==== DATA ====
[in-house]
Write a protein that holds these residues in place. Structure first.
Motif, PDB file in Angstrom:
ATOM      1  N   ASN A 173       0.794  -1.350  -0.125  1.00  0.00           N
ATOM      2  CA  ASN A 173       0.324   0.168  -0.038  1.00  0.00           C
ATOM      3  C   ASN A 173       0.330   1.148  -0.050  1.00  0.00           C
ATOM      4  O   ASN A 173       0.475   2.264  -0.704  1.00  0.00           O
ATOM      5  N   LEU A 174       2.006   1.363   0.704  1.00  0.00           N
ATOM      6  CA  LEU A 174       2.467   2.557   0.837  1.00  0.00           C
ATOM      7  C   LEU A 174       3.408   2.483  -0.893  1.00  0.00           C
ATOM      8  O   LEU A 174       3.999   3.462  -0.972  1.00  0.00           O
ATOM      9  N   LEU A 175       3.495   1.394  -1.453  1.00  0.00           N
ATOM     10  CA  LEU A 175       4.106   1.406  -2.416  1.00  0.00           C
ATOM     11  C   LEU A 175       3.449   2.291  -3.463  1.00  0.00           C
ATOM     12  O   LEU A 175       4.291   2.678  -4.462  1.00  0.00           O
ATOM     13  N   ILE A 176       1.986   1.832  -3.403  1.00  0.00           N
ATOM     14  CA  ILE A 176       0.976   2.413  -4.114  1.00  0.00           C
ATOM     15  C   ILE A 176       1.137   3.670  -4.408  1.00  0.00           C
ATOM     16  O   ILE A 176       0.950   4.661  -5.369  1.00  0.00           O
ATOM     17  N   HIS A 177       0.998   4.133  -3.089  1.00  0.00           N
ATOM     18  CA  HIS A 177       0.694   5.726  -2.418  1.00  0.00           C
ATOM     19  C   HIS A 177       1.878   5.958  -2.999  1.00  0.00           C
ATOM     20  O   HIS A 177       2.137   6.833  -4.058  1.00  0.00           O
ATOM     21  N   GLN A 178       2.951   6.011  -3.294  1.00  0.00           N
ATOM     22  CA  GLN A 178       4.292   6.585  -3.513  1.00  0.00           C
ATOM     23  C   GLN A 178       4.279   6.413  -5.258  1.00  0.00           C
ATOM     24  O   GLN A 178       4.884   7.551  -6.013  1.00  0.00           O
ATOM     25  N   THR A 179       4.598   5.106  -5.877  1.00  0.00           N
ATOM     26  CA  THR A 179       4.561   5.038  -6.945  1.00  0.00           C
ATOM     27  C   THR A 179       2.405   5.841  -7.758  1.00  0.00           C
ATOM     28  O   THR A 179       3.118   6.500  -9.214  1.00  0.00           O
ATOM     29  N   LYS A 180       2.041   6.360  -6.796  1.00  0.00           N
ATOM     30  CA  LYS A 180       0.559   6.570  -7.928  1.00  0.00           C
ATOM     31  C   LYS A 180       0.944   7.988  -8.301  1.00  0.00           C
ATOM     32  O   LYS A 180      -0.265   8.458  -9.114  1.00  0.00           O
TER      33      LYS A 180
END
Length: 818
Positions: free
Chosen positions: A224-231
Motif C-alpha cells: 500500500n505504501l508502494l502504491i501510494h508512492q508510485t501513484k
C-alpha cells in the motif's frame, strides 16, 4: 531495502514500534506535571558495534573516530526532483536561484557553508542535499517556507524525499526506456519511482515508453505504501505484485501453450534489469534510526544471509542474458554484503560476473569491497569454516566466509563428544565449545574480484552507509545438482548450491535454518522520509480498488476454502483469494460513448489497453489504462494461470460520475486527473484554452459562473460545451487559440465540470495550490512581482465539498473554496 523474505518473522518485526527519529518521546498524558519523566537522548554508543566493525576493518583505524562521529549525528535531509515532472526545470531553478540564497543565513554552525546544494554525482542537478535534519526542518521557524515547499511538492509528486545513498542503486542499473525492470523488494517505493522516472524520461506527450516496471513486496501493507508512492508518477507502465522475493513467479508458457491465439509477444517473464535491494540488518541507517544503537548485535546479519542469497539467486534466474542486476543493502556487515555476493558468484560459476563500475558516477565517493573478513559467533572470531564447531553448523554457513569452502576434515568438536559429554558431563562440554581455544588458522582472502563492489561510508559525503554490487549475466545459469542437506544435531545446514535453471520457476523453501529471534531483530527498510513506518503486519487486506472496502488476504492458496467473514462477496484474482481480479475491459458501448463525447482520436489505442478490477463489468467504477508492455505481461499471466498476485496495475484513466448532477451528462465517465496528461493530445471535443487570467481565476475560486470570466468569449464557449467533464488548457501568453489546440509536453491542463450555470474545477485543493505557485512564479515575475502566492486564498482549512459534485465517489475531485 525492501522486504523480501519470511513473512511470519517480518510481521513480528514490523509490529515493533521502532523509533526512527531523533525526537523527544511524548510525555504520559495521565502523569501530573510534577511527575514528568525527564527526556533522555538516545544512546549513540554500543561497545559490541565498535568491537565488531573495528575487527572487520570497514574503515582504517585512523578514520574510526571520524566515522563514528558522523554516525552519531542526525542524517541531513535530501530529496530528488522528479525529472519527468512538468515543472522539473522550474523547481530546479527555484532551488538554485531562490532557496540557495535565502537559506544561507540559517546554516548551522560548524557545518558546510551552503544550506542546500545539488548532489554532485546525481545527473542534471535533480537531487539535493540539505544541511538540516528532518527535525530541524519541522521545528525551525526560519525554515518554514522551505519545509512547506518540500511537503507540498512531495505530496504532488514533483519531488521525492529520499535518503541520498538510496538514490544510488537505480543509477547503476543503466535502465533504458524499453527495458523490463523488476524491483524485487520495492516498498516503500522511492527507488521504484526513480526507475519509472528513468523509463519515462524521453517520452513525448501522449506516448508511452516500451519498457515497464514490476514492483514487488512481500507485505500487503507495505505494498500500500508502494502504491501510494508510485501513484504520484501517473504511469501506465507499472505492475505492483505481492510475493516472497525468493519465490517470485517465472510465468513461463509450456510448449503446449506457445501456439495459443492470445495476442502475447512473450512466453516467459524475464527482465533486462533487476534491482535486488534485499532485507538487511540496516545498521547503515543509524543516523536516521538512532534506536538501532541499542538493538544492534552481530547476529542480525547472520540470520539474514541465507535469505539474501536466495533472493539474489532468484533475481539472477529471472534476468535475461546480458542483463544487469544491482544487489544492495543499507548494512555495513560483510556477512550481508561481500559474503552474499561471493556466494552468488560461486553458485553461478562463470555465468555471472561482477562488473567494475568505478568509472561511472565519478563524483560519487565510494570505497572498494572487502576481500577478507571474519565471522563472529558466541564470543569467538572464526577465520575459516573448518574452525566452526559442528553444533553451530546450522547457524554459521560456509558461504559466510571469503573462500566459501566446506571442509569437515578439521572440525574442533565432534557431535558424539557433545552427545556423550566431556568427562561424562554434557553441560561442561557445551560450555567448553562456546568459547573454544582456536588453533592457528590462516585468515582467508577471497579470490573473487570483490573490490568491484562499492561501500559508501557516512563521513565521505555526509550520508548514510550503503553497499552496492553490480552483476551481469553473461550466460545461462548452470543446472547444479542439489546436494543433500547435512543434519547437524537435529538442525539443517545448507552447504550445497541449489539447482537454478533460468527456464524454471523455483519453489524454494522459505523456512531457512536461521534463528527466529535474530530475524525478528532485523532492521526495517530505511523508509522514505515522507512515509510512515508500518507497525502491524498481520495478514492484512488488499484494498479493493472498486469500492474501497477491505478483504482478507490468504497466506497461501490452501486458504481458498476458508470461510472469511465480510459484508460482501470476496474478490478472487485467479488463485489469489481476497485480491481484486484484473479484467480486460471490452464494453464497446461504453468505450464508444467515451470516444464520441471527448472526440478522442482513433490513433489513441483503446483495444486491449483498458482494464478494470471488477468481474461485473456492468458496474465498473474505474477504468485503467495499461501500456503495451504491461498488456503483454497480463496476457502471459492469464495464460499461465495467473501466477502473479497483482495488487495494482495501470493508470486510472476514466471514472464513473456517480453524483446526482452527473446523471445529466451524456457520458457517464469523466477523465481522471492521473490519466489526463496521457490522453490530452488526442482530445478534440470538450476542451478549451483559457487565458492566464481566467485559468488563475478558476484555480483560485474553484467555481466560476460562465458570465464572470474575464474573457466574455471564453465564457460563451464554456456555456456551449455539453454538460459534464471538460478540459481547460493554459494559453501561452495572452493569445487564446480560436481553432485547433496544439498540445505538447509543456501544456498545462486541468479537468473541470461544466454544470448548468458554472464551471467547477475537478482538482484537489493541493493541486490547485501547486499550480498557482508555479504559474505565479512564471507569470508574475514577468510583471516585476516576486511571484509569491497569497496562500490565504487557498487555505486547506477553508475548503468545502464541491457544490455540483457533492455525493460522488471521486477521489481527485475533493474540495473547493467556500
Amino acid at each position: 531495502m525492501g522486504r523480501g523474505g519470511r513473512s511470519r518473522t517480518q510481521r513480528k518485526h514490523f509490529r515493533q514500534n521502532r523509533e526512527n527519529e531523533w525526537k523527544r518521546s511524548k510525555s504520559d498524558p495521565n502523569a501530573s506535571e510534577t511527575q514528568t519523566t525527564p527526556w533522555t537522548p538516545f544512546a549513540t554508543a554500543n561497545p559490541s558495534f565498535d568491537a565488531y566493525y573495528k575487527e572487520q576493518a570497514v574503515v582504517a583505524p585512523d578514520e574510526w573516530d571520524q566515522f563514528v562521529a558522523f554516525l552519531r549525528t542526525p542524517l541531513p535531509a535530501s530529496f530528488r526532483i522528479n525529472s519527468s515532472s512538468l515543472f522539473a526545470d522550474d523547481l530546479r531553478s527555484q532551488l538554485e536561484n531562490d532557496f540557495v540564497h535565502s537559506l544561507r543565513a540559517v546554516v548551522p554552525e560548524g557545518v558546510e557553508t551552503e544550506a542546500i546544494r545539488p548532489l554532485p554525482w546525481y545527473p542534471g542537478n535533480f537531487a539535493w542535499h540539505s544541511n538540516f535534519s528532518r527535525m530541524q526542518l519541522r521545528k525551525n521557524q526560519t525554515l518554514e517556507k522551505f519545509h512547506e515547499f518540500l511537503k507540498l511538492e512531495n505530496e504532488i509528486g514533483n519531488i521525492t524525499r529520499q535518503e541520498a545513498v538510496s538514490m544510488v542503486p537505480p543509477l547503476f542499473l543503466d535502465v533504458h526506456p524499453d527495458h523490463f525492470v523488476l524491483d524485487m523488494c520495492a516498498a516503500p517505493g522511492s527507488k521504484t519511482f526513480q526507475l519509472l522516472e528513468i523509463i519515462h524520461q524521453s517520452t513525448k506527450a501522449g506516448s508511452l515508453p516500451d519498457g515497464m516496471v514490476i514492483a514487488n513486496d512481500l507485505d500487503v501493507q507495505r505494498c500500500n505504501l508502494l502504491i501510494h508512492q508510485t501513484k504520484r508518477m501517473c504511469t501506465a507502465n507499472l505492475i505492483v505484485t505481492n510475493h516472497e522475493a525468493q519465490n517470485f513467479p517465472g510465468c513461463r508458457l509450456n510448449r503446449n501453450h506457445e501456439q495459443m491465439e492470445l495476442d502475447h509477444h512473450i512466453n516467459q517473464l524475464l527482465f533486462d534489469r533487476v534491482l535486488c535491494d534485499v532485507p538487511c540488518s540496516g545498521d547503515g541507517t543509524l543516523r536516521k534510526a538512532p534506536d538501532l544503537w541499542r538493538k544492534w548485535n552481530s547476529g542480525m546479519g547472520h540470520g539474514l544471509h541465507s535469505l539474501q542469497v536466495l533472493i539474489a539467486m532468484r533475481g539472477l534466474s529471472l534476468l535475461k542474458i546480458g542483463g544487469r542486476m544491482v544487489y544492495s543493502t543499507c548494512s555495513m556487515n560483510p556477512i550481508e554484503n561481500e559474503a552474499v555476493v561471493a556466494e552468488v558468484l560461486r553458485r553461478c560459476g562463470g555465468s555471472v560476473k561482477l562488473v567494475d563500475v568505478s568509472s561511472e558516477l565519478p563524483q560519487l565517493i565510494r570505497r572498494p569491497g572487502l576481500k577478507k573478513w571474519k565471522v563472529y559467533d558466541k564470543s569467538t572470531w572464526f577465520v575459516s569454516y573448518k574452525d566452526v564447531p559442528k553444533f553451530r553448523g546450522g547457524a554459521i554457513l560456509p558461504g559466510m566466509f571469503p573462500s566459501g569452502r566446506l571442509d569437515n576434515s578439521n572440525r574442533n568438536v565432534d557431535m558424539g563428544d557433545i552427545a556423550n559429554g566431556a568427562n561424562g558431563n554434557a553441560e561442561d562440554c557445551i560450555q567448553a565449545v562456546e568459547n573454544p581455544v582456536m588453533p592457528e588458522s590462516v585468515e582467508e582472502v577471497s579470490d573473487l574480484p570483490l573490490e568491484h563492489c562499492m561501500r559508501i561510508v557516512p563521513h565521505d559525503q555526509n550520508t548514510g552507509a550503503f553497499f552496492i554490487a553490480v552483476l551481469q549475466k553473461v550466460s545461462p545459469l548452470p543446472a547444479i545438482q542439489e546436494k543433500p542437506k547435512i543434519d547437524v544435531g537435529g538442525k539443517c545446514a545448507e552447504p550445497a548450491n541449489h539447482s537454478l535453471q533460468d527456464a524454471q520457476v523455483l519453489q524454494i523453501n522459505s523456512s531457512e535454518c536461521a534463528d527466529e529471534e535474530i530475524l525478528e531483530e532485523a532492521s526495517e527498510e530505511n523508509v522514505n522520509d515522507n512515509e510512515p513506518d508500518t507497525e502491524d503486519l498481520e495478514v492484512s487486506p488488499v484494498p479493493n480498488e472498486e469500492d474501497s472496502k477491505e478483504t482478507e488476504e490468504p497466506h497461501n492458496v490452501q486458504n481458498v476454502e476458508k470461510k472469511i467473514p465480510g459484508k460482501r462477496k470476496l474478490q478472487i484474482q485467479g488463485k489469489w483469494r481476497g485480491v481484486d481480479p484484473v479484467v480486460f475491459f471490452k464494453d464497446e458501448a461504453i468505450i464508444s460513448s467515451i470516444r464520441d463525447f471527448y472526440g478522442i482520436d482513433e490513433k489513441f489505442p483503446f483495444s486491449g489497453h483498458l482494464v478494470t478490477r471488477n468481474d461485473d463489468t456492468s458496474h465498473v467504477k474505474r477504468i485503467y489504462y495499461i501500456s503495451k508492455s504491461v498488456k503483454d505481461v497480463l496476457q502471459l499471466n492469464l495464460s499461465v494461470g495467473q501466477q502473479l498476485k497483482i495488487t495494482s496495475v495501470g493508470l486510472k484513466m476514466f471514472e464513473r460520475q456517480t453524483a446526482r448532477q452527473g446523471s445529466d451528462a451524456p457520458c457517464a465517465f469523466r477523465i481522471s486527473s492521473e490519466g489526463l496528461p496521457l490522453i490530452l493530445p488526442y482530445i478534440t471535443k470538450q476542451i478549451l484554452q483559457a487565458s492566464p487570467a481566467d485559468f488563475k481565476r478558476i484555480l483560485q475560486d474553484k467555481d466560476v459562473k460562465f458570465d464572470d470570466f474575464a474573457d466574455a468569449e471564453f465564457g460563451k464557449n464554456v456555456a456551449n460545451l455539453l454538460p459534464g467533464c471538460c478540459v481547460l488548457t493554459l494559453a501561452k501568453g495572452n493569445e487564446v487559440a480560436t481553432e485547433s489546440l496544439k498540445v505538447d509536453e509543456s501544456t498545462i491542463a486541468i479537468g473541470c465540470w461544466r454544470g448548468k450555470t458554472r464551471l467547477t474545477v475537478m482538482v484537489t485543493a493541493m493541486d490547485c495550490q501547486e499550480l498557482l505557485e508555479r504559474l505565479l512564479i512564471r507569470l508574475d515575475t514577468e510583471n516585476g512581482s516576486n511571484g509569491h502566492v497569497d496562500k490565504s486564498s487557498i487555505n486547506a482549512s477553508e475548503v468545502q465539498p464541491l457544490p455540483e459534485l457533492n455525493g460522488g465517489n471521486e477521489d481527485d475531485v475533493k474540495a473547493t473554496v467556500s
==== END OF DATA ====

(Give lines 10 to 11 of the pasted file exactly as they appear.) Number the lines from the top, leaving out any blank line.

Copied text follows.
ATOM      7  C   LEU A 174       3.408   2.483  -0.893  1.00  0.00           C
ATOM      8  O   LEU A 174       3.999   3.462  -0.972  1.00  0.00           O